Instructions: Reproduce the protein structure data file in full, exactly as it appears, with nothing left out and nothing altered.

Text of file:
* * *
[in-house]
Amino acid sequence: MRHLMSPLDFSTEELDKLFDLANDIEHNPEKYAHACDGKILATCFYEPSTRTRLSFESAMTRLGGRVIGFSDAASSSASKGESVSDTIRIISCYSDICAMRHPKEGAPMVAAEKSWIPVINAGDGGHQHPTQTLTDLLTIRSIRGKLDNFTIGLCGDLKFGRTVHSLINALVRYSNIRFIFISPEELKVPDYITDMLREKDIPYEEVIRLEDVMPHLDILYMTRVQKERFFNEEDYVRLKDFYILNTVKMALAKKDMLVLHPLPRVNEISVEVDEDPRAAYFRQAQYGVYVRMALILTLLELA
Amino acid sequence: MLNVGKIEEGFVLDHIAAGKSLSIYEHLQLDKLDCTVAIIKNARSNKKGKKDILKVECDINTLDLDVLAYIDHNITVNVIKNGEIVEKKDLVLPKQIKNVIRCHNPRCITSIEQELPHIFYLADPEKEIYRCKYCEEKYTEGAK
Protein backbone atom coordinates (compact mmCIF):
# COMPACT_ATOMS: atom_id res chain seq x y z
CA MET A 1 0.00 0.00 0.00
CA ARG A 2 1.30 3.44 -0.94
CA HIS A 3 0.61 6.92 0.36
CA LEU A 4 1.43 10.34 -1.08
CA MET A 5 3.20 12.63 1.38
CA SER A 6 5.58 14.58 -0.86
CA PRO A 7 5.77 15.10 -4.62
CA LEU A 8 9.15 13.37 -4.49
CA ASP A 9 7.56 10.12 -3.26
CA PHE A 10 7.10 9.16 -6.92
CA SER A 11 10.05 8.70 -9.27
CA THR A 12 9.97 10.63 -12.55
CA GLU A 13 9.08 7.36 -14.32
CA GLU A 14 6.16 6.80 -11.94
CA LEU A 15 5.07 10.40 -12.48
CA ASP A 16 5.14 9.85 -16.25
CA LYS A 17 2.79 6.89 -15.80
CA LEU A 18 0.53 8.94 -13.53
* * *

[in-house]
Amino acid sequence: MRHLMSPLDFSTEELDKLFDLANDIEHNPEKYAHACDGKILATCFYEPSTRTRLSFESAMTRLGGRVIGFSDAASSSASKGESVSDTIRIISCYSDICAMRHPKEGAPMVAAEKSWIPVINAGDGGHQHPTQTLTDLLTIRSIRGKLDNFTIGLCGDLKFGRTVHSLINALVRYSNIRFIFISPEELKVPDYITDMLREKDIPYEEVIRLEDVMPHLDILYMTRVQKERFFNEEDYVRLKDFYILNTVKMALAKKDMLVLHPLPRVNEISVEVDEDPRAAYFRQAQYGVYVRMALILTLLELA
Amino acid sequence: MLNVGKIEEGFVLDHIAAGKSLSIYEHLQLDKLDCTVAIIKNARSNKKGKKDILKVECDINTLDLDVLAYIDHNITVNVIKNGEIVEKKDLVLPKQIKNVIRCHNPRCITSIEQELPHIFYLADPEKEIYRCKYCEEKYTEGAK
Protein backbone atom coordinates (compact mmCIF):
# COMPACT_ATOMS: atom_id res chain seq x y z
CA MET A 1 0.00 0.00 0.00
CA ARG A 2 1.30 3.44 -0.94
CA HIS A 3 0.61 6.92 0.36
CA LEU A 4 1.43 10.34 -1.08
CA MET A 5 3.20 12.63 1.38
CA SER A 6 5.58 14.58 -0.86
CA PRO A 7 5.77 15.10 -4.62
CA LEU A 8 9.15 13.37 -4.49
CA ASP A 9 7.56 10.12 -3.26
CA PHE A 10 7.10 9.16 -6.92
CA SER A 11 10.05 8.70 -9.27
CA THR A 12 9.97 10.63 -12.55
CA GLU A 13 9.08 7.36 -14.32
CA GLU A 14 6.16 6.80 -11.94
CA LEU A 15 5.07 10.40 -12.48
CA ASP A 16 5.14 9.85 -16.25
CA LYS A 17 2.79 6.89 -15.80
CA LEU A 18 0.53 8.94 -13.53